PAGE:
year the space will take on new life when Huckaby opens it as a project space for artists, tentatively called Big Momma’s House.

Pendery’s in Fort Worth Has Been Creating Exotic Spices and Chile Blends for 150 Years

July 24, 2019 | By Susan L. Ebert

Step beneath the top hat logo gracing the dormer over the front porch of Pendery’s World of Chiles and Spices in Fort Worth, close your eyes, and breathe deep: Intermingled fragrances from exotic lands flood your olfactories—perfumed Sri Lankan cinnamon; pungent Iranian cumin; sultry Jamaican allspice; smoky Spanish paprika; and chiles, lots and lots of chiles.

In Fort Worth, See Intimate Portraits of Rock and Art Icons Through the Lens of Kate Simon

July 18, 2019 | By Clayton Maxwell

Fort Works Art presents ‘Chaos and Cosmos,’ the first major retrospective of the prominent rock photographer. With their mood of ease and play, Simon’s portraits make you feel like you are a lucky witness to one very cool personal photo album.

This June’s Texas Dance Hall Tour Showcases DFW Halls

May 29, 2019 | By Paula Disbrowe

Chances are you’ve spotted an old dance hall while cruising the backroads of Texas. At first glance, the large weathered structures of corrugated metal and sun-bleached wood may appear abandoned. Even their names—Tin Hall Wallis, Martinez Lodge, Farmer’s Daughter—are reminders of another era. But for music lovers who spend their weekends swinging in pearl snaps and ruffled dresses, historic Texas dance halls are cathedrals of culture, enchanted refuges from weekday demands.

New Exhibits Debut at National Cowgirl Museum and Hall of Fame in Fort Worth

May 7, 2019 | By June Naylor

New exhibits at the National Cowgirl Museum and Hall of Fame extend the Fort Worth institution’s examination of the enduring bond between women, horses, and the West with displays touching on subjects as diverse as the fantasy royalties of Nashville country music and Game of Thrones.

Indie Record Stores Are Turning the Tables on Texas Music Sales

March 28, 2019 | By Gene Fowler

For some time now, prognosticators have been predicting the total demise of records—you know, the old-fashioned discs that play musical sound—as well as the brick-and-mortar establishments that sell them. And yes, it’s true that CD sales are down, and more than a few record stores have shut their doors. But there’s good news for those of us who can’t imagine life without flipping through bins, admiring the physical objects for their creative covers, and listening to the tunes imprinted in their grooves.

Fort Worth Makes List of ‘Underappreciated’ Cities to Visit

January 22, 2019 | By TH Staff

We wouldn’t exactly call Fort Worth “underappreciated.” With its cowboy culture and world-class museums, hotels, and other urban attractions, the state’s fifth-largest city has long been a top destination for Texans looking to cut loose (See 20 Things to Do: Fort Worth).

Holiday-Themed Pop-Up Concept Coming to Texas Bars

November 19, 2018 | By Kimya Kavehkar

While most of us might be too old to sit on Santa’s lap, that doesn’t mean we’ve outgrown holiday merriment. For a warm glow within and without, make plans to stop by Miracle, a pop-up concept coming to five Texas bars this season. Miracle transforms watering holes in Austin, Dallas, Fort Worth, San Antonio, and Galveston into full-blown holiday wonderlands with nostalgic, kitschy décor and themed specialty cocktails Nov. 23 through Dec. 29. The concept debuted in New York City in 2014 and now has 80 locations internationally.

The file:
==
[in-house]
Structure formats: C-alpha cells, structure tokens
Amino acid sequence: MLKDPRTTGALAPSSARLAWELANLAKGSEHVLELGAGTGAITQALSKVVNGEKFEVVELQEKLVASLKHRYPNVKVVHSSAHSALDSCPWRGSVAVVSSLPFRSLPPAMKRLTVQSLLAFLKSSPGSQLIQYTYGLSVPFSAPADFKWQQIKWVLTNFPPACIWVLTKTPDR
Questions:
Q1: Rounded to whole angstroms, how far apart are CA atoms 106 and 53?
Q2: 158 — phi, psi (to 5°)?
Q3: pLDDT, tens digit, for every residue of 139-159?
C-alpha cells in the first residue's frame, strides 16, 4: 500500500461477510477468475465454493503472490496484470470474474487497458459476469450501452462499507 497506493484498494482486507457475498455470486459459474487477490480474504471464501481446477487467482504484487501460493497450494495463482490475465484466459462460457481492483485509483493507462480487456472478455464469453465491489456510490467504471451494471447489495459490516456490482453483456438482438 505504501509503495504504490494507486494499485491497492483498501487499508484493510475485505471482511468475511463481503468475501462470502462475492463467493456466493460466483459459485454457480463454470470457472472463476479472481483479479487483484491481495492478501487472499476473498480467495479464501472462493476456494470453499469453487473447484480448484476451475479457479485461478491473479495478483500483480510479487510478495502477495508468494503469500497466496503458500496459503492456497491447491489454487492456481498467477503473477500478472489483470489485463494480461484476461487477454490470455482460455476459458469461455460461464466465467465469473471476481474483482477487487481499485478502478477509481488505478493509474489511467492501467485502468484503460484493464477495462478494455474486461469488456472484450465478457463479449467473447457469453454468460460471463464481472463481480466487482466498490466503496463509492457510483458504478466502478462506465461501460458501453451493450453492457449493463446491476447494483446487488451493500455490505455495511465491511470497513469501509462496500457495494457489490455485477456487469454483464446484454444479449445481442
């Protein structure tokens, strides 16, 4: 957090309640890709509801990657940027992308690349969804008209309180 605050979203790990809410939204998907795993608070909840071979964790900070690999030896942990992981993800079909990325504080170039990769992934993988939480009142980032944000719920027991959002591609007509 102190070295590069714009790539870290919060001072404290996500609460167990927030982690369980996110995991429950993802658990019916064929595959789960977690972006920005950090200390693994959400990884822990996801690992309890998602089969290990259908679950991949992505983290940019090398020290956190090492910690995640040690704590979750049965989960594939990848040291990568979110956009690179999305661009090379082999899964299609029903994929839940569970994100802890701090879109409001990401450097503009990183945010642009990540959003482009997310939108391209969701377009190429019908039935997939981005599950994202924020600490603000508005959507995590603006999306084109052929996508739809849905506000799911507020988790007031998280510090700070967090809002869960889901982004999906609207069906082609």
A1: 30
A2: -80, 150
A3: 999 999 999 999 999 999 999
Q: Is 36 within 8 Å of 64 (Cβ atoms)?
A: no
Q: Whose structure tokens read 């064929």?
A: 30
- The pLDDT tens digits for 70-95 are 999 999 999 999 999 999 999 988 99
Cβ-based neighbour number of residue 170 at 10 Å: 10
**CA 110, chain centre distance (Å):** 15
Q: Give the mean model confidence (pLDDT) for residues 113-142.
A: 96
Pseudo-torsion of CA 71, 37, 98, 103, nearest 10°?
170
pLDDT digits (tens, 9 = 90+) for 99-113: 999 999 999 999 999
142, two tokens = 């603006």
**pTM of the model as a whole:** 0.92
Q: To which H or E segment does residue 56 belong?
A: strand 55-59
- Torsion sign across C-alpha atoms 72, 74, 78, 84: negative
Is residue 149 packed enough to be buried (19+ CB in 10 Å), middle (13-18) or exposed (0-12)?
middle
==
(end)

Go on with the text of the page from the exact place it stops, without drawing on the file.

Passionate Chefs Make Boxed Sandwiches A Thing of the Past at These Fort Worth Museums

August 29, 2018 | By June Naylor

When chef Denise Shavandy walks into the Modern Art Museum of Fort Worth, she often wonders if she’s dreaming. Before she found her way to cooking, Shavandy considered other career paths that might have landed her in a place like this. Fortuitously, her job as executive chef of Café Modern, the museum’s restaurant, involves crafting beautiful food next to some of the most important art anywhere, inside a building created by one of the world’s foremost design talents.

Stay at the same storied Fort Worth hotel as Bonnie and Clyde

January 15, 2018 | By John Lumpkin

More than a century’s worth of time travel awaits guests at the Stockyards Hotel in Fort Worth, which opened in 1907 at the fabled junction of  Main Street and Exchange Avenue.

Meet the Fort Worth Heroes Who Are Memorialized in the Stockyards Hotel

January 11, 2018 | By John Lumpkin

In our February issue story on the Stockyards Hotel in downtown Fort Worth, we made quick mention of names like Pawnee Bill, Booger Red, the Hunter brothers, all of whom memorialized in one way or another in the hotel: Lillie’s saddle is enshrined in the lobby; Privett’s biography is on the wall of Booger Red’s Saloon; and the adjacent H3 Ranch Live Hickory Wood Grill harkens back to the late 1800s and early 1900s’ era of the legendary Hunter brothers. 

18 Places to Go in Texas in 2018

December 28, 2017 | By Clayton Maxwell

From El Paso to Galveston, uncover our top 18 travel must-dos for 2018.

Drink Alongside Cowboys at this Historic Watering Hole in Fort Worth

October 15, 2017 | By June Naylor

When friends and family visit me in Fort Worth, they ask to see the real Cowtown.

Fort Worth’s Tokyo Trifecta of Japanese comfort food

September 18, 2017 | By June Naylor

Working as a dining critic and food writer for most of my career, I’ve been asked hundreds of times to name my favorite restaurant—an impossible task.

5 ways to celebrate Chisholm Trail’s 150th Anniversary

June 15, 2017 | By Robert Reid

Ever wanted to throw a birthday party for cowboys? This is your year. But be sure to have a cake big enough for 150 candles.

Saddle Up… and Say Cheese!

May 12, 2017 | By June Naylor